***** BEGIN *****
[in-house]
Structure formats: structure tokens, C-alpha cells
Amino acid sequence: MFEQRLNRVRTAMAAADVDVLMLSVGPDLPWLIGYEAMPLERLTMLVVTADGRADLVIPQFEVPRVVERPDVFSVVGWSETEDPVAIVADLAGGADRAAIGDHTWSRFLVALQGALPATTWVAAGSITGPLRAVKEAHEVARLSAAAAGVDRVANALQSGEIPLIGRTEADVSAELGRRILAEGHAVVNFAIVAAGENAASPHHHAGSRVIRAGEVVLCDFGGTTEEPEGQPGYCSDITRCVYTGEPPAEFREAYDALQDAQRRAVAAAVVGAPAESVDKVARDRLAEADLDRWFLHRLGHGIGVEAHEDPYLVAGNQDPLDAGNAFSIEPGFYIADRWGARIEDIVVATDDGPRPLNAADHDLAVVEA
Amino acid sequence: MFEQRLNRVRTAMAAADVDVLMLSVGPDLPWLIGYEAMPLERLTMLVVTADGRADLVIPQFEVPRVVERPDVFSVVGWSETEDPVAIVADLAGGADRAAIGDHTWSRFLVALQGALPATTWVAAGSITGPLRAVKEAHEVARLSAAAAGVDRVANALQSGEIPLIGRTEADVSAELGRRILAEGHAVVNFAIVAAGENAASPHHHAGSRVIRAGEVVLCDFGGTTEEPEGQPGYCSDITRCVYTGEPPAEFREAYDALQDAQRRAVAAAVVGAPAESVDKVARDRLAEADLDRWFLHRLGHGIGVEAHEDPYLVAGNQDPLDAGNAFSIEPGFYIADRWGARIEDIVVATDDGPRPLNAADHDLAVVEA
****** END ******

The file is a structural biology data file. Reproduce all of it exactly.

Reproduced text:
[in-house]
Structure formats: structure tokens, C-alpha cells
Amino acid sequence: MFEQRLNRVRTAMAAADVDVLMLSVGPDLPWLIGYEAMPLERLTMLVVTADGRADLVIPQFEVPRVVERPDVFSVVGWSETEDPVAIVADLAGGADRAAIGDHTWSRFLVALQGALPATTWVAAGSITGPLRAVKEAHEVARLSAAAAGVDRVANALQSGEIPLIGRTEADVSAELGRRILAEGHAVVNFAIVAAGENAASPHHHAGSRVIRAGEVVLCDFGGTTEEPEGQPGYCSDITRCVYTGEPPAEFREAYDALQDAQRRAVAAAVVGAPAESVDKVARDRLAEADLDRWFLHRLGHGIGVEAHEDPYLVAGNQDPLDAGNAFSIEPGFYIADRWGARIEDIVVATDDGPRPLNAADHDLAVVEA
Amino acid sequence: MFEQRLNRVRTAMAAADVDVLMLSVGPDLPWLIGYEAMPLERLTMLVVTADGRADLVIPQFEVPRVVERPDVFSVVGWSETEDPVAIVADLAGGADRAAIGDHTWSRFLVALQGALPATTWVAAGSITGPLRAVKEAHEVARLSAAAAGVDRVANALQSGEIPLIGRTEADVSAELGRRILAEGHAVVNFAIVAAGENAASPHHHAGSRVIRAGEVVLCDFGGTTEEPEGQPGYCSDITRCVYTGEPPAEFREAYDALQDAQRRAVAAAVVGAPAESVDKVARDRLAEADLDRWFLHRLGHGIGVEAHEDPYLVAGNQDPLDAGNAFSIEPGFYIADRWGARIEDIVVATDDGPRPLNAADHDLAVVEA